Watching over marine life: an interview with James Cook University graduate Jacqueline Tham

When you think about scientists, you’d usually think of someone who does work in the lab, handling precise equipment and dealing with experimental data and all that. On top of being skilled in the theoretical aspect, they’d surely also be proficient in practical work.

Now on top of that, imagine having to do client presentations (to entities that might or might not include governments), manage a team and oversee the daily operation and business development of your company. Wow. That’s no mean feat!

Yet these are precisely the duties of Jacqueline Tham, a Team Manager at Hydrobiology. Oh, and if you were wondering just what exactly she studied that made her so versatile, she was enrolled in Business and Environmental Science(a double major) in 2010. We spoke to her for a bit and here’s what she had to say about her choice back in the day.

Childhood passion, stars align

Jacqueline reveals that what she studied is perfectly aligned with her childhood passion — in other words, she’d always been interested in the marine sciences from her childhood days where she spent almost every Sunday at Pulau Hantu. Thus, it was only natural that this was what she sought to pursue after JC.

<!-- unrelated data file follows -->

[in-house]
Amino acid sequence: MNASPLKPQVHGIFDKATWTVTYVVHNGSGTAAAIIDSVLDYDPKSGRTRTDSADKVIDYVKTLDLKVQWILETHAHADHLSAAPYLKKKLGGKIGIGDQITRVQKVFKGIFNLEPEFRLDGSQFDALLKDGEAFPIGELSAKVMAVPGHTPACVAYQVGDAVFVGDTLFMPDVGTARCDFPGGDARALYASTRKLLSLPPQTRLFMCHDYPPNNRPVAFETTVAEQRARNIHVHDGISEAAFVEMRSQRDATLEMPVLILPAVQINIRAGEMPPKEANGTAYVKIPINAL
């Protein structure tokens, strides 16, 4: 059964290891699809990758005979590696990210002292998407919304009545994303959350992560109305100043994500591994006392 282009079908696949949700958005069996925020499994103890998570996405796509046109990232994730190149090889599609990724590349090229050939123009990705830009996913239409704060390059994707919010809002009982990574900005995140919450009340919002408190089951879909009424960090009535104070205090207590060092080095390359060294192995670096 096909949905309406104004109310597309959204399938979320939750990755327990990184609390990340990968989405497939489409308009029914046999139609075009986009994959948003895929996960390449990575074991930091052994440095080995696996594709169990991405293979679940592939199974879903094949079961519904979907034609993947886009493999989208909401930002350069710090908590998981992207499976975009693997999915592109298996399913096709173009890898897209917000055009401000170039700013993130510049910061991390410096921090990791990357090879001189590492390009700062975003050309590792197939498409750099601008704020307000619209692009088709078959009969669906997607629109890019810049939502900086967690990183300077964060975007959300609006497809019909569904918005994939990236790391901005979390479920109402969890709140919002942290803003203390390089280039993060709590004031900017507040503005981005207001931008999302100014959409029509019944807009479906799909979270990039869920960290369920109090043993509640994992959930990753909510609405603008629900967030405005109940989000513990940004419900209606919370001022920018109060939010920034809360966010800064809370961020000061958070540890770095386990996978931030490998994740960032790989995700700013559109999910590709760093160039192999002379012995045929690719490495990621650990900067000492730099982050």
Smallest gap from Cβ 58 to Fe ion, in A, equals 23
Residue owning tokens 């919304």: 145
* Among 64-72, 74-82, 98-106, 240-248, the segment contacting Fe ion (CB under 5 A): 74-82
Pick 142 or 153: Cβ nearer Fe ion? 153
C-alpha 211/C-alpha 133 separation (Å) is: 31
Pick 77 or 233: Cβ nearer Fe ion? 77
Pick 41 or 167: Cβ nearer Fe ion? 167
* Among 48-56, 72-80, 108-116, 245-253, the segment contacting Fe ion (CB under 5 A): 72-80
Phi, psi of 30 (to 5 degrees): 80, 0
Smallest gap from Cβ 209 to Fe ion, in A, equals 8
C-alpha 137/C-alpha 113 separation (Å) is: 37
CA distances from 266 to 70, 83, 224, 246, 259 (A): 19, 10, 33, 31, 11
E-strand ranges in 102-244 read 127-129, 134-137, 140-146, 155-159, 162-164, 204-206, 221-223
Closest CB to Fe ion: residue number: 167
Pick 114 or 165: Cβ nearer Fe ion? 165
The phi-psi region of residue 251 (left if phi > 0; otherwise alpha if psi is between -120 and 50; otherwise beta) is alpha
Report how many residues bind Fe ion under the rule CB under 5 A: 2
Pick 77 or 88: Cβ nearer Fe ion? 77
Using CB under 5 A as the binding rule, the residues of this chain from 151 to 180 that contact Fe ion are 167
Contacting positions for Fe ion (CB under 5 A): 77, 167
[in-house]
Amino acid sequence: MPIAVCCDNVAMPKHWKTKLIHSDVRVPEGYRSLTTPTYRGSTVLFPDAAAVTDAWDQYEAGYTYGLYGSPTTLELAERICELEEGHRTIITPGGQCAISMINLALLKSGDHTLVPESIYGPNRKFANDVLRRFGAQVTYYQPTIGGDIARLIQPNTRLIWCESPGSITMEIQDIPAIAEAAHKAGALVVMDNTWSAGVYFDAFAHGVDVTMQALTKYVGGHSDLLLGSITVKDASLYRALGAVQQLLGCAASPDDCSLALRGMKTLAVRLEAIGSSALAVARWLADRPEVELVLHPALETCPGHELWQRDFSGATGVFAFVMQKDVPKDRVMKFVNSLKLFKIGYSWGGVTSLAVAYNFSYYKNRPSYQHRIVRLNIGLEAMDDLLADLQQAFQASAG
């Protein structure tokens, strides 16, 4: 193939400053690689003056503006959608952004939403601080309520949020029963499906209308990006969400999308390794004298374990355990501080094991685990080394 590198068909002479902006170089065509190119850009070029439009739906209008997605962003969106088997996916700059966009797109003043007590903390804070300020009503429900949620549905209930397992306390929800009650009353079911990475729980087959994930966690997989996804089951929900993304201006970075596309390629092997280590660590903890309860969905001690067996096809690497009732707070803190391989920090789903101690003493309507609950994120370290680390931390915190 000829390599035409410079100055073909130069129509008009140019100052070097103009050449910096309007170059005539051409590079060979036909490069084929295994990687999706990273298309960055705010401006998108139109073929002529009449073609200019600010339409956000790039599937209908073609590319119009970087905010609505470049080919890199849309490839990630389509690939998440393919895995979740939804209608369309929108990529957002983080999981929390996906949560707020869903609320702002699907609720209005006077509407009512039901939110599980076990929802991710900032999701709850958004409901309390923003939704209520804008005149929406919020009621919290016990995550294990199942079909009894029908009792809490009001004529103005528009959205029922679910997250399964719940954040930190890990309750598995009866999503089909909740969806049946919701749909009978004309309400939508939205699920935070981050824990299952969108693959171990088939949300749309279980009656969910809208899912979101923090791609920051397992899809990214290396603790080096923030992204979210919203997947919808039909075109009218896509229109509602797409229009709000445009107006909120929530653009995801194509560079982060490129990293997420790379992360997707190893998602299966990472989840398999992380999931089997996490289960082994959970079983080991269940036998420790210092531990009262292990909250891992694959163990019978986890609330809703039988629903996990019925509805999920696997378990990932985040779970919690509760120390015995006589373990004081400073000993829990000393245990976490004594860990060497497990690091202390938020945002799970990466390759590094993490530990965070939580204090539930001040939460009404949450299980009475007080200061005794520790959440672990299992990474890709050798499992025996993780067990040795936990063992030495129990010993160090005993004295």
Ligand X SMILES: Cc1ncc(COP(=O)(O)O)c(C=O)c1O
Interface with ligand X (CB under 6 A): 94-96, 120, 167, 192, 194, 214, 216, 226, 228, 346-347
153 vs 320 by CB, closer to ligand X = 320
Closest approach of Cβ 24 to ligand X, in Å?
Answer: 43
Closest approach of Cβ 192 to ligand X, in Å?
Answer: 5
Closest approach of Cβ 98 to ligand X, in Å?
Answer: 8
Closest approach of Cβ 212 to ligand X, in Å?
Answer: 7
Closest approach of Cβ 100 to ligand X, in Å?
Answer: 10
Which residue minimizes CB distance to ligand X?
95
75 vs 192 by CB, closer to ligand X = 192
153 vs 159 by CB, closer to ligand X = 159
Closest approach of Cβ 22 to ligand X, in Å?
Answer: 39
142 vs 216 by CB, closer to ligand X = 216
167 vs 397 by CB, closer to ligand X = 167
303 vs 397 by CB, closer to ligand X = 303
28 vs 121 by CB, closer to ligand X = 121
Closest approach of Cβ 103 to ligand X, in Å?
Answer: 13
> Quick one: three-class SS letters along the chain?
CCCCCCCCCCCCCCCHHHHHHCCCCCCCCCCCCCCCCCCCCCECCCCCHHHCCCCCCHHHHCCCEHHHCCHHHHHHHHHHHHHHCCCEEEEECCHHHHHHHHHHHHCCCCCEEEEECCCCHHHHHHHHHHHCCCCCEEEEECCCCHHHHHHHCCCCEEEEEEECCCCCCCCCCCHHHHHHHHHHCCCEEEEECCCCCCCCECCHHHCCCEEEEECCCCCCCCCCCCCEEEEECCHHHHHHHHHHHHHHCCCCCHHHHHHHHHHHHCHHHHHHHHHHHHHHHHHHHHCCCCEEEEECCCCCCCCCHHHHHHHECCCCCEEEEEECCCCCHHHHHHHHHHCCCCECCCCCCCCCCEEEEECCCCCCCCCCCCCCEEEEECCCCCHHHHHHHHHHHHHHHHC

Of all the options out there, James Cook University had always been one of the best universities in the tropics for the marine sciences. Now, it just so happened that when she completed her A levels in 2010, the environmental science program was introduced into their Singapore campus!

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Chancing upon this program, Jacqueline felt that it was quite unique because it was multi-disciplinary and would train her in both business and environmental science. In addition, she was also given the option to do a few semesters in the Townsville campus. With the lecturers flown in from overseas, she was basically not disadvantaged in terms of the syllabus compared to her Australian counterparts.

And what happened next is history. Jacqueline enrolled in the course and never looked back!

A challenging, fulfilling role

This is Jacqueline’s 9th year as a consultant in the marine and aquatic sciences, but only her fourth year at Hydrobiology. Impressively enough, she was a pioneer in her company!

“I joined Hydrobiology 4 years ago as the first employee and we have grown to the 6 local employees we have today,” Jacqueline reveals.

Naturally, both the environmental science and business aspects of Jacqueline’s university education are so very relevant to her current career.

Jacqueline elaborates, “The business side of my bachelors allowed me to better manage the organizational behaviour, entrepreneurship, finance and accounting and business development of my current company as these were some of the core business modules.”

That’s like a whole array of impressive-sounding high-level skills! We sought from Jacqueline some specific examples regarding her responsibilities and challenges faced on the business side.